360 Stretch'd her dire jaws, and swept six men away; Then where a fountain's gurgling waters play, Chiefs of renown! loud-echoing shrieks arise: They rush to land, and end in feasts the day: I turn and view them quivering in the skies; They feed; they quaff: and now (their hunger fled) They call, and aid with out-stretch'd arms implore: Sigh for their friends devour'd, and mourn the dead : In vain they call! those arms are stretch'd no Nor cease the tears till each in slumber shares more.

A sweet forgetfulness of human cares. As from some rock that overhangs the flood, 300 Now far the night advanced her gloomy reign, The silent fisher casts the insidious food,

And setting stars roll'd down the azure plain : With fraudful care he waits the finny prize, When, at the voice of Jove, wild whirlwinds rise, And sudden lifts it quivering to the skies:

And clouds and double darkness veil the skies ; 370 So the foul monster lifts her prey on high, The moon, the stars, the bright ethereal host So pant the wretches struggling in the sky : Seem as extinct, and all their splendours lost ;

The furious tempest roars with dreadful sound: Why were my cares beguiled in short repose !
Air thunders, rolls the ocean, groans the ground. O fatal slumber, paid with lasting woes! 440
All night it raged: when morning rose, to land A deed so dreadful all the gods alarms,
We haulid our bark, and moor'd it on the strand, Vengeance is on the wing, and heaven in arms!
Where in a beauteous grotto's cool recess

Meantime Lampetie mounts the aërial way,
Dance the green Nereids of the neighbouring seas. And kindles into rage the god of day:
There while the wild winds whistled o'er the Vengeance, ye powers! (he cries,) and thou whose
main,

hand Thus careful I address'd the listening train. 380 Aims the red bolt, and hurls the writhen brand!

O friends, be wise! nor dare the flocks destroy Slain are those herds which I with pride surrey, Of these fair pastures: if ye touch, ye die. When through the ports of heaven I pour the day Warn'd by the high command of heaven, be awed; Or deep in ocean plunge the burning ray. Holy the flocks, and dreadful is the god! Vengeance, ye gods! or I the skies forego, That god who spreads the radiant beams of light, And bear the lamp of heaven to shades below. And views wide earth and heaven's unmeasured To whom the thundering Power: 0 source of day! height.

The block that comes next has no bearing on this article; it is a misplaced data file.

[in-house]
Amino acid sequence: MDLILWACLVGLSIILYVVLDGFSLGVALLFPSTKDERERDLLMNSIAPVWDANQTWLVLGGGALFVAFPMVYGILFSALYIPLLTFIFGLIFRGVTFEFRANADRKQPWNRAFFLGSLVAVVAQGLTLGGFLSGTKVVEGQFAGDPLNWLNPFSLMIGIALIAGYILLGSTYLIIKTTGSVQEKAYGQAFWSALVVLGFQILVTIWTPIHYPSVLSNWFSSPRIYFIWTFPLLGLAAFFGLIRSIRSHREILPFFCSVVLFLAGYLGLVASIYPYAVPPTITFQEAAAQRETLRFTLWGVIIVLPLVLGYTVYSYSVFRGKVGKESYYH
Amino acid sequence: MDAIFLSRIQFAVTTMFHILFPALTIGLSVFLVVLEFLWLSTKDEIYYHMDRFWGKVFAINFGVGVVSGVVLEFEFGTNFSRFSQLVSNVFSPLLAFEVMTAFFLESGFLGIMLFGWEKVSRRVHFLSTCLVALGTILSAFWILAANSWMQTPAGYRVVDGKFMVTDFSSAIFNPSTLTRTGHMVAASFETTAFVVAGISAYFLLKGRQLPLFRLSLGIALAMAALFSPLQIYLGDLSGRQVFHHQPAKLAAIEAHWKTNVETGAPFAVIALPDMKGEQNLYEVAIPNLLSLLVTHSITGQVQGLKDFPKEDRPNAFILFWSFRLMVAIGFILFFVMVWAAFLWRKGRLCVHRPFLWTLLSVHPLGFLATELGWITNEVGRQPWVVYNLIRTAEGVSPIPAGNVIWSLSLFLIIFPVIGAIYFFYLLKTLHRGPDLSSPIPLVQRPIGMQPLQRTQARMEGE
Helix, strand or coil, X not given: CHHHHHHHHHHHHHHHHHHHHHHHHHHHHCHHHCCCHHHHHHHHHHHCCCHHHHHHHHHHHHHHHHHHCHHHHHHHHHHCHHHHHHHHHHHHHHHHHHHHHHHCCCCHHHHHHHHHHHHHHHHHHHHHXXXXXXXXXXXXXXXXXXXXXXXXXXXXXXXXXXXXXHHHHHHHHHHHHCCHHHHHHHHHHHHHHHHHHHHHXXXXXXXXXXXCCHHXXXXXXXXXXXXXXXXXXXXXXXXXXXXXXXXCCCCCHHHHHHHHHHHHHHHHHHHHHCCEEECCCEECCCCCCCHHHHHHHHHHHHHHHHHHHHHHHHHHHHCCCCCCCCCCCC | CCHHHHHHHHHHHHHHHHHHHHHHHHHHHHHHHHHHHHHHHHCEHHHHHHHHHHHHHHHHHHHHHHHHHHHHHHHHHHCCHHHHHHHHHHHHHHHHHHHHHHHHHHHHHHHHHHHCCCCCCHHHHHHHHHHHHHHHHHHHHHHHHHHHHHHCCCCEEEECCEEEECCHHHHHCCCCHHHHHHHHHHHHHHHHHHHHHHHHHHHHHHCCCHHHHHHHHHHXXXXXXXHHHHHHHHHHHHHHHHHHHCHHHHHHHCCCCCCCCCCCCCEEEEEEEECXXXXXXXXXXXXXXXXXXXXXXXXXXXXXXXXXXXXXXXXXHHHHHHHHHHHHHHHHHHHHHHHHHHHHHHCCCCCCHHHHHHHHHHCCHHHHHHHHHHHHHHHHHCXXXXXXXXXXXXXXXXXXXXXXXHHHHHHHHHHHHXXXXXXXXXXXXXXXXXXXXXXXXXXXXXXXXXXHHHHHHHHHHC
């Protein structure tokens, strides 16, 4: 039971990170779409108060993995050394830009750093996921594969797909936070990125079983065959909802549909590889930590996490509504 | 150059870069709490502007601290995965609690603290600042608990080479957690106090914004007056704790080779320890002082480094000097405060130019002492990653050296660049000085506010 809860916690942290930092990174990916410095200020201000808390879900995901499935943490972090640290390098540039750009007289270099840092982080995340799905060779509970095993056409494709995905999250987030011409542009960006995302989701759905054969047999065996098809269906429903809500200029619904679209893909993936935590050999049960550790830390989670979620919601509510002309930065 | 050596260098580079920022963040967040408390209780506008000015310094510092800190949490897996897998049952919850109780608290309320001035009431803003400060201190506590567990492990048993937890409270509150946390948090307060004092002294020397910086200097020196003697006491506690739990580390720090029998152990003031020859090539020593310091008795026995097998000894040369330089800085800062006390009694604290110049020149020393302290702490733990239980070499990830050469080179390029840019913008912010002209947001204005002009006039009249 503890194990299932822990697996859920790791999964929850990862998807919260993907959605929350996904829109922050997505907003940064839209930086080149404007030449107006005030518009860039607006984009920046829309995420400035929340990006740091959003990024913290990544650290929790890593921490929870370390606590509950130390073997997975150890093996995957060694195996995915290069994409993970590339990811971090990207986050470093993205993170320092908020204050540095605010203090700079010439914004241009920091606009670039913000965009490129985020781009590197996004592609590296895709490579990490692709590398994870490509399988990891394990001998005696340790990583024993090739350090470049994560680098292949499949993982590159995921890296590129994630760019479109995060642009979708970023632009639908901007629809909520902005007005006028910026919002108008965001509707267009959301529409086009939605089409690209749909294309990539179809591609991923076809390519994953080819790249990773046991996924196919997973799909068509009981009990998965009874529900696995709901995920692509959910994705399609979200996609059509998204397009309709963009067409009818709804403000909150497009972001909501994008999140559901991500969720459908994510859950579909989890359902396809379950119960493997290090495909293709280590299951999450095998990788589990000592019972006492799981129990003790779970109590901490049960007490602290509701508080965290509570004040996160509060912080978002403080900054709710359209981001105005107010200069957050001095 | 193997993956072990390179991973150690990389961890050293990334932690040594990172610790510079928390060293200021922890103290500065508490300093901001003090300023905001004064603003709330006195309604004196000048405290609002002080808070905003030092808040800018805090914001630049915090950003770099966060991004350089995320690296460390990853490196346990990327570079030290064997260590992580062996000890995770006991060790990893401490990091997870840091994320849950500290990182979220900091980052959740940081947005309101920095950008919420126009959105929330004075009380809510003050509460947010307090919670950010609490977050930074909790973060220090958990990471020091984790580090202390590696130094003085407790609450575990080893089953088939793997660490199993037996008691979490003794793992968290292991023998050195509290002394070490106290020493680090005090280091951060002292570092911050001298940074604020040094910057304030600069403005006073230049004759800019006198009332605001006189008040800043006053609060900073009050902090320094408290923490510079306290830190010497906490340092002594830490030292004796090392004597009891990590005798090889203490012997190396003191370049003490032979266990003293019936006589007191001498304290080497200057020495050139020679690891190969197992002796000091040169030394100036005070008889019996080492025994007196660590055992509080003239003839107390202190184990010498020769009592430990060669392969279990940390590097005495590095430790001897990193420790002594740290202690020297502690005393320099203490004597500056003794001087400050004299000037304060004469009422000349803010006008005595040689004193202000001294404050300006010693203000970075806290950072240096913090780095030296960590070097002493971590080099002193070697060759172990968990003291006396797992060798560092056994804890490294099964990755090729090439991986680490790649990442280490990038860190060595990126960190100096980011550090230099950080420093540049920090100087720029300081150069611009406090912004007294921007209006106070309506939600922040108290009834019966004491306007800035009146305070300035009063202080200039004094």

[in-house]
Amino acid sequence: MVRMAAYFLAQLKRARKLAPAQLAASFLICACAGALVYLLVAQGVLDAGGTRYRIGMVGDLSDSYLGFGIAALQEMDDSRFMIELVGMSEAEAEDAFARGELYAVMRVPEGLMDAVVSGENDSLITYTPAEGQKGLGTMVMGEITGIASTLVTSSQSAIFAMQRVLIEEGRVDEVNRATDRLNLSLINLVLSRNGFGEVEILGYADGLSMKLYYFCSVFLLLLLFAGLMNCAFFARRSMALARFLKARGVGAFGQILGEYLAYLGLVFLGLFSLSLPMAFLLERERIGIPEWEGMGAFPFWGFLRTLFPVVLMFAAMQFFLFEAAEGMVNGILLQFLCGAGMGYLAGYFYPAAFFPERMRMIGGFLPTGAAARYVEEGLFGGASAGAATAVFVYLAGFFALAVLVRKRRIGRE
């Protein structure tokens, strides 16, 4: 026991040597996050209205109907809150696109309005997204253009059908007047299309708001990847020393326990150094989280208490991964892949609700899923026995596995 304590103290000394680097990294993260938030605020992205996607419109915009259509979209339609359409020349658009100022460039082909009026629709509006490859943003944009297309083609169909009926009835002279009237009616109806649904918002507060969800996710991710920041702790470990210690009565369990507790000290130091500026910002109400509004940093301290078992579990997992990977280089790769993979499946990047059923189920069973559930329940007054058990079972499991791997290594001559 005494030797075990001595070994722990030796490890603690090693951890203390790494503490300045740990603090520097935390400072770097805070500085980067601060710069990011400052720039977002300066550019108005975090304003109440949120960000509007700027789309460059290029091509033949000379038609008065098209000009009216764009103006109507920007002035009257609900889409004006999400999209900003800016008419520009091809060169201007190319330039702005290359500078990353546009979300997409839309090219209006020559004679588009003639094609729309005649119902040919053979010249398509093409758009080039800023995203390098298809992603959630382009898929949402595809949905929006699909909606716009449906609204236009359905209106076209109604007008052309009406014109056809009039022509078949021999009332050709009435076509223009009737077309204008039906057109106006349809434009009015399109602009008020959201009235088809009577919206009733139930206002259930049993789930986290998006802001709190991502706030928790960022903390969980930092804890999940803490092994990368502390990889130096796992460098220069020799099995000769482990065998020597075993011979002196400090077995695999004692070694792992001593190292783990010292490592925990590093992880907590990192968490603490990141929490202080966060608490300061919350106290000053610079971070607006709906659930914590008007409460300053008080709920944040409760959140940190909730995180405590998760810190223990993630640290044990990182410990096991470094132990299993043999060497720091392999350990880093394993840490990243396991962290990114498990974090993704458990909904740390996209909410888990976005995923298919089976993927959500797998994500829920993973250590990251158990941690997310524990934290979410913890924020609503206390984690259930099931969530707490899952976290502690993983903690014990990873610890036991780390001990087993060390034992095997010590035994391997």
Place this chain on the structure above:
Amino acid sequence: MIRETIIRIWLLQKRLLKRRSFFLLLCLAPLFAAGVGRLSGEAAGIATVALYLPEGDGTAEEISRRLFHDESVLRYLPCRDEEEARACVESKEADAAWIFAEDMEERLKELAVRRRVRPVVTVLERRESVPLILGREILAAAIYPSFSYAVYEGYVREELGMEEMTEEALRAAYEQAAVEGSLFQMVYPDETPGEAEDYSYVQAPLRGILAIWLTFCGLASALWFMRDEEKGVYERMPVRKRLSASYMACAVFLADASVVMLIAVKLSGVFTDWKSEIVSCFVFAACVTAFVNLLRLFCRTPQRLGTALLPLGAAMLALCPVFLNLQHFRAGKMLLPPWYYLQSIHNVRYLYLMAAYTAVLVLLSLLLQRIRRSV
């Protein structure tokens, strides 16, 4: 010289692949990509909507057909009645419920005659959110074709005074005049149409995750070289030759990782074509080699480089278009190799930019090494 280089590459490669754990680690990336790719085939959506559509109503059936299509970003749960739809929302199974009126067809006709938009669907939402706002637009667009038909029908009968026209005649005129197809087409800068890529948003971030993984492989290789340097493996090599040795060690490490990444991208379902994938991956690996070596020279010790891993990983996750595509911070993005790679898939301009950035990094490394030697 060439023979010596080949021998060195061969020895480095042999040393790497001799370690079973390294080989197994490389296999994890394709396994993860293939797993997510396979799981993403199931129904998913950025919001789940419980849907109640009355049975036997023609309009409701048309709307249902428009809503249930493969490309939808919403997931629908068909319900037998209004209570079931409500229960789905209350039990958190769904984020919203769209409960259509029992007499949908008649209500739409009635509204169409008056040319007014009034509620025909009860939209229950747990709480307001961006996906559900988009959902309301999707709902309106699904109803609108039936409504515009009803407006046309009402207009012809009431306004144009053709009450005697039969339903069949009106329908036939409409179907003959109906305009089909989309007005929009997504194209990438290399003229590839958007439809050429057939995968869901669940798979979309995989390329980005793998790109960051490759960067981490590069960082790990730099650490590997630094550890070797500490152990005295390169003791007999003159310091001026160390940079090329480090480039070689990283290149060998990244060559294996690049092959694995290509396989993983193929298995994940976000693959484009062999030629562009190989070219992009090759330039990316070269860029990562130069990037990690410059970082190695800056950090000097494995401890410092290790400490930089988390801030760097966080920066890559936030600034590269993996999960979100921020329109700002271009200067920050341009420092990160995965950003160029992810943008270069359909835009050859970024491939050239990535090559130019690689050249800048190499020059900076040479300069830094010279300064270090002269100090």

Whose radiant lamp adorns the azure way, And now the moon had run her monthly round, Still may thy beams through heaven's bright porThe south-east blustering with a dreadful sound :

tals rise, Unhurt the beeves, untouch'd the woolly train 389 The joy of earth, and glory of the skies ; Low through the grove, or range the flowery plain: Lo! my red arm I bare, my thunders guide, Then fail'd our food; then fish we make our prey, To dash the offenders in the whelming tide Or fowl that, screaming, haunt the watery way. To fair Calypso, from the bright abodes, Till now, from sea or flood no succour found, Ilermes convey'd these counsels of the gods Famine and meagre want besieged us round. Meantime from man to man my tongue exclaims, Pensive and pale from grove to grove I stray'd, My wrath is kindled, and my soul in flames. 461 From the loud storms to find a sylvan shade; In vain! I view perform'd the direful deed, There o'er my hands the living wave I pour ; Beeves, slain by heaps, along the ocean bleed. And heaven and heaven's immortal thrones adore, Now heaven gave signs of wrath; along the ground To calm the roarings of the stormy main, Crept the raw hides, and with a bellowing sound And grant me peaceful to my realms again. 400 Roar'd the dead limbs; the burning entrails groan'd Then o'er my eyes the gods soft slumber shed, Six guilty days my wretched mates employ While thus Eurylochus arising said:

In impious feasting, and unhallow'd joy ; O friends, a thousand ways frail mortals lead The seventh arose, and now the sire of gods To the cold tomb, and dreadful all to tread; Rein'd the rough storms, and calm'd the tossing floods. But dreadful most, when, by a slow decay, With speed the bark we climb; the spacions sails Pale hunger wastes the manly strength away. Loosed from the yards invite the impelling gales. Why cease ye then to implore the powers above, Past sight of shore, along the surge we bound, And offer hecatombs to thundering Jove ? And all above is sky, and ocean all around; Why seize ye not yon beeves, and fleecy prey ? When lo! a murky cloud the Thunderer forms Arise unanimous; arise and slay:

410 Full o'er our heads, and blackens heaven with storms. And if the gods ordain a safe return,

Night dwells o'er all the deep: and now outflies To Phæbus shrines shall rise, and altars burn. The gloomy West, and whistles in the skies. But, should the powers that o'er mankind preside, The mountain-billows roar! the furious blast Decree to plunge us in the whelming tide, Ilowls o'er the shroud, and rends it from the mast; Better to rush at once to shades below,